Agenda item

Hillingdon First Limited


Iain Watters, Financial Planning Manager, introduced the report. Members heard that Hillingdon First Limited was the Council’s wholly owned subsidiary housing development company. The company had been established in April 2018 to deliver high quality housing and generate a sustainable revenue stream for the Council. The Council was the sole shareholder and Cabinet Members on the Shareholder Committee oversaw operations. Key company decisions such as the commencement of projects and approval of the annual Business Plan were presented to the Shareholder Committee, alongside updates on performance and matters arising as necessary. Hillingdon First Ltd employed no staff directly and operated by buying in relevant support services as required – mainly from the Council.


The Committee was informed that the first project undertaken by Hillingdon First Ltd was underway – the construction for open market sale of 31 flats on the site adjacent to South Ruislip Library on Victoria Road, The project was nearing completion with practical completion having been achieved in January 2021 and reservations in place for 25 of the 31 units. The units were retailing at a higher price than expected. A pre-tax profit of circa £1m was expected.


Members heard that a second smaller development consisting of five houses at St Helen’s Close, Cowley had been worked up within the business plan and a design and build contractor was currently being appointed. The scheme would launch by spring 2022. Surplus Council-owned sites previously used for Council services but no longer required were currently being used for development – 3rd party land was not being purchased. The Committee was advised that, to date, Hillingdon First Ltd had remained focused on safe in-borough residential development schemes as there was a lower level of risk. The Council was not materially reliant on this business to deliver core services – Hillingdon First Ltd was not the largest contributor to Council finances.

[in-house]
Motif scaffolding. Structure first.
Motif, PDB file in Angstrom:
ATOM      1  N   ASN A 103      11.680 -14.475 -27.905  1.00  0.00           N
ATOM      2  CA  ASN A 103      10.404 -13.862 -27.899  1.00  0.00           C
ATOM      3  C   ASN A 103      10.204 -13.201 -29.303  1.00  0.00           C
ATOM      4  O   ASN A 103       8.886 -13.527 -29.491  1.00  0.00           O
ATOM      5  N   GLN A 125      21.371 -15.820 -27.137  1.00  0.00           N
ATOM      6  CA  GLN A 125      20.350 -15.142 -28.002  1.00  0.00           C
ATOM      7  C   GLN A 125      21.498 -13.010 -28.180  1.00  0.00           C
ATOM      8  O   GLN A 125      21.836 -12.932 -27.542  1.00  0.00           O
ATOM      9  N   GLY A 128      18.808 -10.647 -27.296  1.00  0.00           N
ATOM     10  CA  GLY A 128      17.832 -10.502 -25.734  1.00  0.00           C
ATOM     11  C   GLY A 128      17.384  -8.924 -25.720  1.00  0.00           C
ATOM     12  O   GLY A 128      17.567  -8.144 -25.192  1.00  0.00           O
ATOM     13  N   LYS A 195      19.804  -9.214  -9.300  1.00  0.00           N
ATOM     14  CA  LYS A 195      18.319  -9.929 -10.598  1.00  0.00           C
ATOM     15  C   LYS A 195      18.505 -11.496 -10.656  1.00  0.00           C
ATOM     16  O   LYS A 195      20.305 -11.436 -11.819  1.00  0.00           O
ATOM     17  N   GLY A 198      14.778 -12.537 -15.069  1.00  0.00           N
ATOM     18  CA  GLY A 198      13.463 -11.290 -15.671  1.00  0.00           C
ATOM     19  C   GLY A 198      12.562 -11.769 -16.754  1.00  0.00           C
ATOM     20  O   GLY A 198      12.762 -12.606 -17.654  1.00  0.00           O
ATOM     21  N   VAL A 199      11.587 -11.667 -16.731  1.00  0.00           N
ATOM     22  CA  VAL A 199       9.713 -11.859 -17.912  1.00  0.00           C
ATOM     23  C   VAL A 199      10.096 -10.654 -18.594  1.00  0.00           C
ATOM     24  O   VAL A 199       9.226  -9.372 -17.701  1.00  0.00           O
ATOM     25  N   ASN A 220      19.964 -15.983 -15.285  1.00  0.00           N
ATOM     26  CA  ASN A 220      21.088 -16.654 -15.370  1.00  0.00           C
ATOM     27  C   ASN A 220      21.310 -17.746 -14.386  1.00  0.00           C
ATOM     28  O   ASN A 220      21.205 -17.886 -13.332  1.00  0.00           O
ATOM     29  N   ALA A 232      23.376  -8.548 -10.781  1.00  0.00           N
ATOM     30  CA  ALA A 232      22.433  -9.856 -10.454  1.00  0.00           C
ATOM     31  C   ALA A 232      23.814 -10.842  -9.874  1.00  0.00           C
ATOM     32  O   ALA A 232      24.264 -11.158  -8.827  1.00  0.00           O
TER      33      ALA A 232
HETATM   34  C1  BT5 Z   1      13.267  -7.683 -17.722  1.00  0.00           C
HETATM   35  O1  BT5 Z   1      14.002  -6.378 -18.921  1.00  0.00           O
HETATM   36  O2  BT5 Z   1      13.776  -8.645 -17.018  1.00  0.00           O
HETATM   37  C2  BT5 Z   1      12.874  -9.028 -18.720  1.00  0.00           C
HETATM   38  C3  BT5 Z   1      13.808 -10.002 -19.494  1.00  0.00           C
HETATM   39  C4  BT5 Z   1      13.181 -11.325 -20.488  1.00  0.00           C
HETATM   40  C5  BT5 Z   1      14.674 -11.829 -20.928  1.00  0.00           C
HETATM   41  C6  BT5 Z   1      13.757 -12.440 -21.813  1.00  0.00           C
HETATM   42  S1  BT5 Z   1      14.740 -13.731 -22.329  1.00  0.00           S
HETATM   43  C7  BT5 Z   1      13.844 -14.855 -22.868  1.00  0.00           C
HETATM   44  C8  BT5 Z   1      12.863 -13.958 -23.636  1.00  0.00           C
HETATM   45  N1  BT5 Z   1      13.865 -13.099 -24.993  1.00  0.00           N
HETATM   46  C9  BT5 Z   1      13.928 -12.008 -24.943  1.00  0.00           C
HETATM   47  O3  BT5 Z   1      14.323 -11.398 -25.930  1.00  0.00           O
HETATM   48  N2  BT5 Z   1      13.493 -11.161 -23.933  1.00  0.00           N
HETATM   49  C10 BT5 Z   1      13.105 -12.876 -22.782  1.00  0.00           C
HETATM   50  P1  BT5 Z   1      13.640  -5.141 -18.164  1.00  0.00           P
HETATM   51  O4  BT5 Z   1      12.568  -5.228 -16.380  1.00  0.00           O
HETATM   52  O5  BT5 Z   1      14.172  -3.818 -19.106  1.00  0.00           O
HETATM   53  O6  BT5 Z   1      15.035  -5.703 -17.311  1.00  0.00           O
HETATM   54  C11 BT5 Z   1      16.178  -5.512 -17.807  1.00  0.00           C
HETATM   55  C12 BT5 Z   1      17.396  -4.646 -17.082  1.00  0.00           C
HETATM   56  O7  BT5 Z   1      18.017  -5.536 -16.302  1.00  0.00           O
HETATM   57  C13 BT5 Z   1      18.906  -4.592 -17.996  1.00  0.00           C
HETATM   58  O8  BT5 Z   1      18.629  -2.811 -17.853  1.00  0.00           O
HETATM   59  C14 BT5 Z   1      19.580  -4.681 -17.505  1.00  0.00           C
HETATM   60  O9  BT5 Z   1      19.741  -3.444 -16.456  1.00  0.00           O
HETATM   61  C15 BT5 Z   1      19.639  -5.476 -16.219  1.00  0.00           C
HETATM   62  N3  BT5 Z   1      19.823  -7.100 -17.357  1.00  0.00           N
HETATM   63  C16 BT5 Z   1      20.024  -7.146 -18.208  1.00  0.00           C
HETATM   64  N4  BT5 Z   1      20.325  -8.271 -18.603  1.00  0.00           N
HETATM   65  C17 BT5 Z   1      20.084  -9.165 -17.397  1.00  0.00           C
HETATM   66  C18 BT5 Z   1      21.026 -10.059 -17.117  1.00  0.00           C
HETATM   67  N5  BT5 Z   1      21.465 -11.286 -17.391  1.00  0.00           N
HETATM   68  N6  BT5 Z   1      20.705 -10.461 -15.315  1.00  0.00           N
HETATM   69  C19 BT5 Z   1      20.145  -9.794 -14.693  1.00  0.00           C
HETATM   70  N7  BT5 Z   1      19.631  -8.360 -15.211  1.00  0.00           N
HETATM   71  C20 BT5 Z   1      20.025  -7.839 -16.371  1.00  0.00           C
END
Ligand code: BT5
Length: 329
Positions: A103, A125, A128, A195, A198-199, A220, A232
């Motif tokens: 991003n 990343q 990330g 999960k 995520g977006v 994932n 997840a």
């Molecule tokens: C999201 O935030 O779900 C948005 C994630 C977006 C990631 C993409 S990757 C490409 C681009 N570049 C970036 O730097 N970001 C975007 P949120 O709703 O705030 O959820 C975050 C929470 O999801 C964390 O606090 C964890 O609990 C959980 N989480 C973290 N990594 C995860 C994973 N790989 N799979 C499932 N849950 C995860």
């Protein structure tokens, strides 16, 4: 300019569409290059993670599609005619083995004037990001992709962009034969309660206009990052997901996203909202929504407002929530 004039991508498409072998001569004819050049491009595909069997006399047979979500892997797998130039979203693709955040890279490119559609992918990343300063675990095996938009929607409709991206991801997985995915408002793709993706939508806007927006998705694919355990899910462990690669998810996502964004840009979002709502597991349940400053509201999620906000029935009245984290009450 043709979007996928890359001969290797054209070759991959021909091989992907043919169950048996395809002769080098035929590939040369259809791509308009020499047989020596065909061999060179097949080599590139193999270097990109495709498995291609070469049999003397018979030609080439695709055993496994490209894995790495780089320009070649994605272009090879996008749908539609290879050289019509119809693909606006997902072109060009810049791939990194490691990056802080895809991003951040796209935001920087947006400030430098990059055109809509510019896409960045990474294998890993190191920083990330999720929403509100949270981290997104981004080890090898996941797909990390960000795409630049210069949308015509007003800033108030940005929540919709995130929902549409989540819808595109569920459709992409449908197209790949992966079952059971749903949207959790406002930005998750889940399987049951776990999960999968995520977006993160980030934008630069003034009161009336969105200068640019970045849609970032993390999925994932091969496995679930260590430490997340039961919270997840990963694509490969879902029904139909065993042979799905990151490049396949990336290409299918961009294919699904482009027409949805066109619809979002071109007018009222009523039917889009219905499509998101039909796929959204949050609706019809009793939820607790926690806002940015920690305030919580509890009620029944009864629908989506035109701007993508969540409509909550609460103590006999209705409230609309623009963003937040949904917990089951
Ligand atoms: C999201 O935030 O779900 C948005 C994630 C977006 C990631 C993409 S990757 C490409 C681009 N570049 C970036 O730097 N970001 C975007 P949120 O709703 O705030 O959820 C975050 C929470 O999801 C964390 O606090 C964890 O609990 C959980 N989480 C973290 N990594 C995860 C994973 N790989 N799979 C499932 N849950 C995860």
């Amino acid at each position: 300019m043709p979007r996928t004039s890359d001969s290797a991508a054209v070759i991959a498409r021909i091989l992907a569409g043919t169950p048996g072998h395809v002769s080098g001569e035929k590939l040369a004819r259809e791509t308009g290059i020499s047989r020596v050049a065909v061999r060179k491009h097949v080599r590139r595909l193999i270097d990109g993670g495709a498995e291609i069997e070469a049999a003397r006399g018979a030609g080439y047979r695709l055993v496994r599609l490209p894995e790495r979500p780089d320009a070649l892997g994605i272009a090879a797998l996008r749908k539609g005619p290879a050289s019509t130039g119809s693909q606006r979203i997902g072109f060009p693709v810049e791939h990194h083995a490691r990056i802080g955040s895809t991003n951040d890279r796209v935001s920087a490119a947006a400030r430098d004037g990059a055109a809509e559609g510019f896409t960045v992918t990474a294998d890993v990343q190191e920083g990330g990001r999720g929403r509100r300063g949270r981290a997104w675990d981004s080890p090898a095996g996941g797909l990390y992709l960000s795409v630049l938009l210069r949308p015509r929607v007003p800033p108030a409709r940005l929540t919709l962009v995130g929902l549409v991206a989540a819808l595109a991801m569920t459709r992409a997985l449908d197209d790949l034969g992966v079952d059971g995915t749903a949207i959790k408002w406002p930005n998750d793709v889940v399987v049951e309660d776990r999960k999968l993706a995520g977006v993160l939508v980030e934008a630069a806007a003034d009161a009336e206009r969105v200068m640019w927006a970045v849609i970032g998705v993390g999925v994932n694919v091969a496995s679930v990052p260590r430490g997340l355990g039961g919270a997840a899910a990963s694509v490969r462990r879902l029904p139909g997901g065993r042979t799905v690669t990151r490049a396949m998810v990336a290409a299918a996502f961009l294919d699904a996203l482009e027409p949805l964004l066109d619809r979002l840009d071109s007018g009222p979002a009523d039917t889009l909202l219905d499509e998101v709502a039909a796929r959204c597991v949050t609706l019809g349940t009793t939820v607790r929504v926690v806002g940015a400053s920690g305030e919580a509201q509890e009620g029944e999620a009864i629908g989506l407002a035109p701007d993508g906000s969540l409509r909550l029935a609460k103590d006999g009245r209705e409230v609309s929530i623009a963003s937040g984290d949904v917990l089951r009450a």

Members requested clarification as to the objectives of Hillingdon First. It was confirmed that the aim was to deliver high quality housing for Hillingdon residents and to generate a return to the Council.


Given the lack of housing stock and high rents in the Borough, Members enquired whether social housing would be included in future schemes. The Committee was informed that the South Ruislip units had been sold to local residents at discounted rates. The proposed development at St Helen’s Close was very small therefore fell below the required threshold for affordable units. In future, affordable housing would be delivered on larger developments. It was anticipated that the Council would have first refusal on affordable units.


Members enquired how surplus land for development was determined. It was confirmed that the Strategic Property Governance Group identified redundant sites. Once declared surplus, the company would seek an independent valuation of the land and suggest an offer for the Council to consider. In response to further questions, the Committee heard that, in terms of safety standards, Hillingdon First Ltd drew on the expertise of the Council’s inhouse teams. Relevant professionals oversaw all projects.